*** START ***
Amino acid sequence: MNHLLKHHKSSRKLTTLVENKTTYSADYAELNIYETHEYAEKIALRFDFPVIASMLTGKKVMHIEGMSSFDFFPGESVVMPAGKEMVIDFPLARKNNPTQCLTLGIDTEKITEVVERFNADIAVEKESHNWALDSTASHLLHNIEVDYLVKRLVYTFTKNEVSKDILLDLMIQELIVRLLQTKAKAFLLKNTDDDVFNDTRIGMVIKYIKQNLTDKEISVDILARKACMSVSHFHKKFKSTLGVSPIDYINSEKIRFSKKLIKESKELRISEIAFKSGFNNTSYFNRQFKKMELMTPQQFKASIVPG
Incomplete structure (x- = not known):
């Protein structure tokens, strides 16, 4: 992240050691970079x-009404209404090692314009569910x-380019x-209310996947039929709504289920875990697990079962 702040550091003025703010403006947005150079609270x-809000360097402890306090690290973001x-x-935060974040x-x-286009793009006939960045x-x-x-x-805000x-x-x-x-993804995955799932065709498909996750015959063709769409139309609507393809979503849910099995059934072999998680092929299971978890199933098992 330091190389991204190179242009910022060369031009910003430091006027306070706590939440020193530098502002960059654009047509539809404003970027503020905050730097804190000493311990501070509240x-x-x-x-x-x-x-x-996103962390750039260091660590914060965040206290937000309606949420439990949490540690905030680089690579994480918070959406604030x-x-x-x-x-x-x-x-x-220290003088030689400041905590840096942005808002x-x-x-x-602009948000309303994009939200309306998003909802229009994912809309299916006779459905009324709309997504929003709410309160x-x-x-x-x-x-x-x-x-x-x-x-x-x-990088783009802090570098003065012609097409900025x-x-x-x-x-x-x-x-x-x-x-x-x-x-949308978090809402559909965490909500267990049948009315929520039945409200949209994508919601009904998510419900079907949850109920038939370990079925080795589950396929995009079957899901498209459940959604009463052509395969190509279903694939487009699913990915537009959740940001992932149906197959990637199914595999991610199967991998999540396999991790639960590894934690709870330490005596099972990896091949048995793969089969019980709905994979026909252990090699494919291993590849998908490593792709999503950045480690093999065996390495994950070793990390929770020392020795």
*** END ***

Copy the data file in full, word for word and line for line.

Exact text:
Amino acid sequence: MNHLLKHHKSSRKLTTLVENKTTYSADYAELNIYETHEYAEKIALRFDFPVIASMLTGKKVMHIEGMSSFDFFPGESVVMPAGKEMVIDFPLARKNNPTQCLTLGIDTEKITEVVERFNADIAVEKESHNWALDSTASHLLHNIEVDYLVKRLVYTFTKNEVSKDILLDLMIQELIVRLLQTKAKAFLLKNTDDDVFNDTRIGMVIKYIKQNLTDKEISVDILARKACMSVSHFHKKFKSTLGVSPIDYINSEKIRFSKKLIKESKELRISEIAFKSGFNNTSYFNRQFKKMELMTPQQFKASIVPG
Incomplete structure (x- = not known):
């Protein structure tokens, strides 16, 4: 992240050691970079x-009404209404090692314009569910x-380019x-209310996947039929709504289920875990697990079962 702040550091003025703010403006947005150079609270x-809000360097402890306090690290973001x-x-935060974040x-x-286009793009006939960045x-x-x-x-805000x-x-x-x-993804995955799932065709498909996750015959063709769409139309609507393809979503849910099995059934072999998680092929299971978890199933098992 330091190389991204190179242009910022060369031009910003430091006027306070706590939440020193530098502002960059654009047509539809404003970027503020905050730097804190000493311990501070509240x-x-x-x-x-x-x-x-996103962390750039260091660590914060965040206290937000309606949420439990949490540690905030680089690579994480918070959406604030x-x-x-x-x-x-x-x-x-220290003088030689400041905590840096942005808002x-x-x-x-602009948000309303994009939200309306998003909802229009994912809309299916006779459905009324709309997504929003709410309160x-x-x-x-x-x-x-x-x-x-x-x-x-x-990088783009802090570098003065012609097409900025x-x-x-x-x-x-x-x-x-x-x-x-x-x-949308978090809402559909965490909500267990049948009315929520039945409200949209994508919601009904998510419900079907949850109920038939370990079925080795589950396929995009079957899901498209459940959604009463052509395969190509279903694939487009699913990915537009959740940001992932149906197959990637199914595999991610199967991998999540396999991790639960590894934690709870330490005596099972990896091949048995793969089969019980709905994979026909252990090699494919291993590849998908490593792709999503950045480690093999065996390495994950070793990390929770020392020795």